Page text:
Is Lakshmana’s dharma less than Lord Rama’s because he encourages Rama to fight for his title as King? 

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Ashley Kannan eNotes educator| Certified Educator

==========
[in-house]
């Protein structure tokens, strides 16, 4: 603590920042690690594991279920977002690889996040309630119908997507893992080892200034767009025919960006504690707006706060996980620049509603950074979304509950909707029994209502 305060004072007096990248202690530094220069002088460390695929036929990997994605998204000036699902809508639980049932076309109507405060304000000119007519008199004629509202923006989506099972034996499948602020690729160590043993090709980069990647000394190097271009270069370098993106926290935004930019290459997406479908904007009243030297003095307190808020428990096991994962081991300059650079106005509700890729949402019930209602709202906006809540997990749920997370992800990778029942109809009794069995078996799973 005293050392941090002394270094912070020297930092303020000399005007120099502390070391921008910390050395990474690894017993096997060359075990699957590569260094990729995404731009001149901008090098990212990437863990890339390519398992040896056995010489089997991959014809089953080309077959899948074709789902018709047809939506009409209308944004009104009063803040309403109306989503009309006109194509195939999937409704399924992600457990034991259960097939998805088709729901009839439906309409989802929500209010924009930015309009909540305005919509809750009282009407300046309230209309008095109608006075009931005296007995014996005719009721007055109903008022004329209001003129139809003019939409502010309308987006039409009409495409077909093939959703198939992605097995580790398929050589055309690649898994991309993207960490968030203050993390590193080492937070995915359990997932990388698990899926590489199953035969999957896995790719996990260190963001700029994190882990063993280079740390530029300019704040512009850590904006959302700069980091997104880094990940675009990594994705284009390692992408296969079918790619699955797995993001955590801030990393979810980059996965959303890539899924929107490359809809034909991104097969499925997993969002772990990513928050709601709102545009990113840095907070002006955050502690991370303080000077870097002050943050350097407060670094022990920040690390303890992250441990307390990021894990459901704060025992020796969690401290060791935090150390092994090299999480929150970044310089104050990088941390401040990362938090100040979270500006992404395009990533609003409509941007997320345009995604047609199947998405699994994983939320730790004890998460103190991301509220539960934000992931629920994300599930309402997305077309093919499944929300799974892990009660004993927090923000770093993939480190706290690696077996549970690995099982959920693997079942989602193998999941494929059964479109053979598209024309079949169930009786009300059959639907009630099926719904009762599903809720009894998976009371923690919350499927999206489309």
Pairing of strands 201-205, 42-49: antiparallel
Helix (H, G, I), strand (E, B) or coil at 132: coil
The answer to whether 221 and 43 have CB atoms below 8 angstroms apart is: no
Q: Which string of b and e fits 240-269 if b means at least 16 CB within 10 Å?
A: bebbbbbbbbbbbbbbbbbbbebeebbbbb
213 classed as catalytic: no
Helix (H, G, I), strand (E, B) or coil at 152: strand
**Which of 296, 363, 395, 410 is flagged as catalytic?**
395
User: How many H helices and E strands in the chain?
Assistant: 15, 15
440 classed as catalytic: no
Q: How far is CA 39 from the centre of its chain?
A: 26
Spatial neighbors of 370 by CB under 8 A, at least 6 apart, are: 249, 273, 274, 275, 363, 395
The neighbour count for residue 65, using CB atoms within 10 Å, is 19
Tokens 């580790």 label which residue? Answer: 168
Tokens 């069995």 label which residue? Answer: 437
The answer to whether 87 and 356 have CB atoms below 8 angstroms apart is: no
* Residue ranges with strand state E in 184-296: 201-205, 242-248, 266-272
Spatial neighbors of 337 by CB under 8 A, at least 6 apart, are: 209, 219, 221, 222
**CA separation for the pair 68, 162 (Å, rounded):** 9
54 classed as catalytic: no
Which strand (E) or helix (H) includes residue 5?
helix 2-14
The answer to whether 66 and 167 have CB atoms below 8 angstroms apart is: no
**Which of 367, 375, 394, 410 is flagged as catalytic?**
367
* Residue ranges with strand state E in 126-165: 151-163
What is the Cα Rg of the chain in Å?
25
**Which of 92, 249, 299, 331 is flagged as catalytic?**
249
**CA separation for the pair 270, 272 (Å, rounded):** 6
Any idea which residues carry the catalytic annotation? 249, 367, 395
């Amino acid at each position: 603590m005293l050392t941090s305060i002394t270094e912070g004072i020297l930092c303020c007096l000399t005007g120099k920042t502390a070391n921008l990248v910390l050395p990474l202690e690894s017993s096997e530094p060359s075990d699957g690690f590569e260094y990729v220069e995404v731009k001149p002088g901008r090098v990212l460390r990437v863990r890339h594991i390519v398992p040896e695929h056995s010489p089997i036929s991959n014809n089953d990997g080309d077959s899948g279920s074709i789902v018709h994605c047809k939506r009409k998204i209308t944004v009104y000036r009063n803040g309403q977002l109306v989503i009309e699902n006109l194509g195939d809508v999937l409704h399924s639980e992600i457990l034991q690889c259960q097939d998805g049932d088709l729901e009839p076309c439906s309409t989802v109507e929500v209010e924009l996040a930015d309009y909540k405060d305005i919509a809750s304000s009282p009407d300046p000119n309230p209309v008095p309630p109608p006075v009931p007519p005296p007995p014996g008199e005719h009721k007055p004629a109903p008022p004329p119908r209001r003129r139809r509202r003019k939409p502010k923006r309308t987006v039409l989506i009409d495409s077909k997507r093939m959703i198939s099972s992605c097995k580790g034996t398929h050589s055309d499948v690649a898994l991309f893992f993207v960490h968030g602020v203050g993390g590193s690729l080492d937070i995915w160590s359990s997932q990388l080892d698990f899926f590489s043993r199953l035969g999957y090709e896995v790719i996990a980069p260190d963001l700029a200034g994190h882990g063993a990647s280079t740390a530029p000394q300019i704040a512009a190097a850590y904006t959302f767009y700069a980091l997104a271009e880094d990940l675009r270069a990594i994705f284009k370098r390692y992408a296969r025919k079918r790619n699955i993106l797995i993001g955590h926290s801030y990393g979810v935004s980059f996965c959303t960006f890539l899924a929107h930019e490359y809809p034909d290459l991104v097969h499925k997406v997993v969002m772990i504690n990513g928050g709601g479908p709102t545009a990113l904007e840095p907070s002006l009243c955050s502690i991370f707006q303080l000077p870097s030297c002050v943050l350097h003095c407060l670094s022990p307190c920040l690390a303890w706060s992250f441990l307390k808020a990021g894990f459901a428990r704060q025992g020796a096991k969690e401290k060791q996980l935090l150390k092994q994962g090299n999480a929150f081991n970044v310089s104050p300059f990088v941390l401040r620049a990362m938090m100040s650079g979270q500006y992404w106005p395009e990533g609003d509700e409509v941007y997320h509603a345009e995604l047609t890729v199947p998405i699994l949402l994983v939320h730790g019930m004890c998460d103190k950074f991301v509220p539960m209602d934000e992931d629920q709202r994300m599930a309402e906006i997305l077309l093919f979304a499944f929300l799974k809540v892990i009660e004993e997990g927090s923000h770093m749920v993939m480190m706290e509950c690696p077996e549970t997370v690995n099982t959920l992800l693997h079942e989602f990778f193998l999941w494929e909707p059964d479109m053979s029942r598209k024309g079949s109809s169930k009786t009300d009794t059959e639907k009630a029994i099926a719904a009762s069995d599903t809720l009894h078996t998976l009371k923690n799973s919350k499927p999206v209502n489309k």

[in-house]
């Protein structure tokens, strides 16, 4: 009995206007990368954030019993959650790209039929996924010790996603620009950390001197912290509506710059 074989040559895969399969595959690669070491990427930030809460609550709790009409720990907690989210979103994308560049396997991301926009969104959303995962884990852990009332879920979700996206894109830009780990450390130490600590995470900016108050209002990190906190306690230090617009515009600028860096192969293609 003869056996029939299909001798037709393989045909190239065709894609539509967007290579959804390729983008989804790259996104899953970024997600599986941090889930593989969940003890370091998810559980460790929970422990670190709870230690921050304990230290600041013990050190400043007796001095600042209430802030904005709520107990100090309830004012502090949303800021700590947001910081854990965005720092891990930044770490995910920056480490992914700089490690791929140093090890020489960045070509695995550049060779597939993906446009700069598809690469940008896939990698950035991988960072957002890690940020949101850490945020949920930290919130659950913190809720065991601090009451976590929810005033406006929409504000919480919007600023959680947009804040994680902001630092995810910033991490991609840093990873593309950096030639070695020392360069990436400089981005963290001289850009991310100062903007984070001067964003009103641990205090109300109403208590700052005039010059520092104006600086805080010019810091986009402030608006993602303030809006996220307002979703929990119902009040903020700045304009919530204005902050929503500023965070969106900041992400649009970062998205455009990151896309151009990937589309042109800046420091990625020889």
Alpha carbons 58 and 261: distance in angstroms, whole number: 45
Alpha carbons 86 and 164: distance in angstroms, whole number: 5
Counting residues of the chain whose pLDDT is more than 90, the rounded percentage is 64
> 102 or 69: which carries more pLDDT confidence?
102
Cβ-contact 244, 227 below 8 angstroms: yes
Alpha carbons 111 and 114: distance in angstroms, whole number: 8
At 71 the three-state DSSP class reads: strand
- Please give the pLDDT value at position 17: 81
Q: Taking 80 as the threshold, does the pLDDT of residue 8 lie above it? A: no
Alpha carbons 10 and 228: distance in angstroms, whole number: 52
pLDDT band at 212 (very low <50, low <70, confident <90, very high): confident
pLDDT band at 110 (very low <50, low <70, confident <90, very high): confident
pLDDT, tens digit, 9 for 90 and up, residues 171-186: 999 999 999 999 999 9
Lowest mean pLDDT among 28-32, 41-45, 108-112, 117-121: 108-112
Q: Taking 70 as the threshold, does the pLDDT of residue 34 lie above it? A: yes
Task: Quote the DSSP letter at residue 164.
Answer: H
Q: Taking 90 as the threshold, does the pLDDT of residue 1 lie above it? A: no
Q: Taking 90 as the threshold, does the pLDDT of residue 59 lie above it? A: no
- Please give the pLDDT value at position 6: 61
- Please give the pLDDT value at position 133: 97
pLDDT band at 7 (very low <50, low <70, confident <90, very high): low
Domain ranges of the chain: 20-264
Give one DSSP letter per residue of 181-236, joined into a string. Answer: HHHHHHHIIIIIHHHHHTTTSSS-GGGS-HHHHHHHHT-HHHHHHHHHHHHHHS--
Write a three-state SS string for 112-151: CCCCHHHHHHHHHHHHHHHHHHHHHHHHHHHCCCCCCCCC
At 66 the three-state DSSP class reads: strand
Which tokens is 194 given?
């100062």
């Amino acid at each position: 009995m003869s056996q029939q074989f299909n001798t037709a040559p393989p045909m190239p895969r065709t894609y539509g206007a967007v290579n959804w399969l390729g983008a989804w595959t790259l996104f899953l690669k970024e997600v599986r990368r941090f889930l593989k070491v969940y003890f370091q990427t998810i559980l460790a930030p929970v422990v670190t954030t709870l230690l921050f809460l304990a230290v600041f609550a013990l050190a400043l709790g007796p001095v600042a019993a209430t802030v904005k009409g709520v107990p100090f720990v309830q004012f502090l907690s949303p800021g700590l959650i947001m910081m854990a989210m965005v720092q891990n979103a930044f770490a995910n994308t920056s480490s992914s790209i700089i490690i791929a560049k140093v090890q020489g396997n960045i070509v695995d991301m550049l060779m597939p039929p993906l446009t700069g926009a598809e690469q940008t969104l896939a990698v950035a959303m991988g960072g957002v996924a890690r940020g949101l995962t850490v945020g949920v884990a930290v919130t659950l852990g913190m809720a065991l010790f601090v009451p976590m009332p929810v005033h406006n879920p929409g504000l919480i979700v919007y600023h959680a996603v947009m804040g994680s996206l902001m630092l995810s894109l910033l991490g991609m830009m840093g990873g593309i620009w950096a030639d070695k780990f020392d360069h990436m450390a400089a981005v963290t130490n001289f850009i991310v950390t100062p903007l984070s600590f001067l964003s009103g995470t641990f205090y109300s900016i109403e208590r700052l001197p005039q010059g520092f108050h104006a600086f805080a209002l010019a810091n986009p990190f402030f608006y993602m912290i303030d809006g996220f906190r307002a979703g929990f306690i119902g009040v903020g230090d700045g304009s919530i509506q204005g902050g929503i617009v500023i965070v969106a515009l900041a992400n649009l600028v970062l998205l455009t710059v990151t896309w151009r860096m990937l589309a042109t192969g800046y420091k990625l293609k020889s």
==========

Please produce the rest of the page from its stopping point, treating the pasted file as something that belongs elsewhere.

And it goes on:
I don't necessarily see Lakshmana's dhamra as any less because he suggests that Lord Rama fights.  Lakshmana's dharma compels him to be supportive and defensive of Lord Rama.  This is seen when Lakshmana is ready to strike at the sight of Bharata entering the forest, thinking that he is approaching in malevolence.  Lakshmana's purpose is singular in his devotion and defense of Lord Rama.  It is written in the epic that when he, Devi Sita, and Lord Rama would walk, Lakshmana would be frustrated when Devi Sita was in the middle of the three as it would block his view of Lord Rama.  This is not an example of possessing lesser qualities of dharma.  Rather, I would suggest that his fervor and zeal towards his brother represents the greatest fulfillment of dharma.  There are times when Lord Rama must educate him, but this becomes the essence of his character and what makes him all the more understandable for human beings.  His dharma is not lessened because he reveals himself to be human.  Rather, it is enhanced because it shows that he is in constant support of Lord Rama.  At the same time, his encouragement of Lord Rama to fight for his title is a reflection of the basic idea that there are times when one must engage in some form of conflict in order to restore that which is right and change what is wrong.  His encouragement to Lord Rama to fight is never done out of personal gain and a sense of satiating the ego.  Rather, it is an acceptance of the fact that Lord Rama is the embodiment of virtue and honor.  In demanding that he fight, Lakshmana is suggesting that good must fight in order to dislodge evil. This is an idea that is present in much of Hindu thought, in that evil must be confronted and good must wage battle in order to unsettle it.  Lakshmana is acting in this light through his encouragement to Lord Rama to fight and, in doing so, embodies his dharma.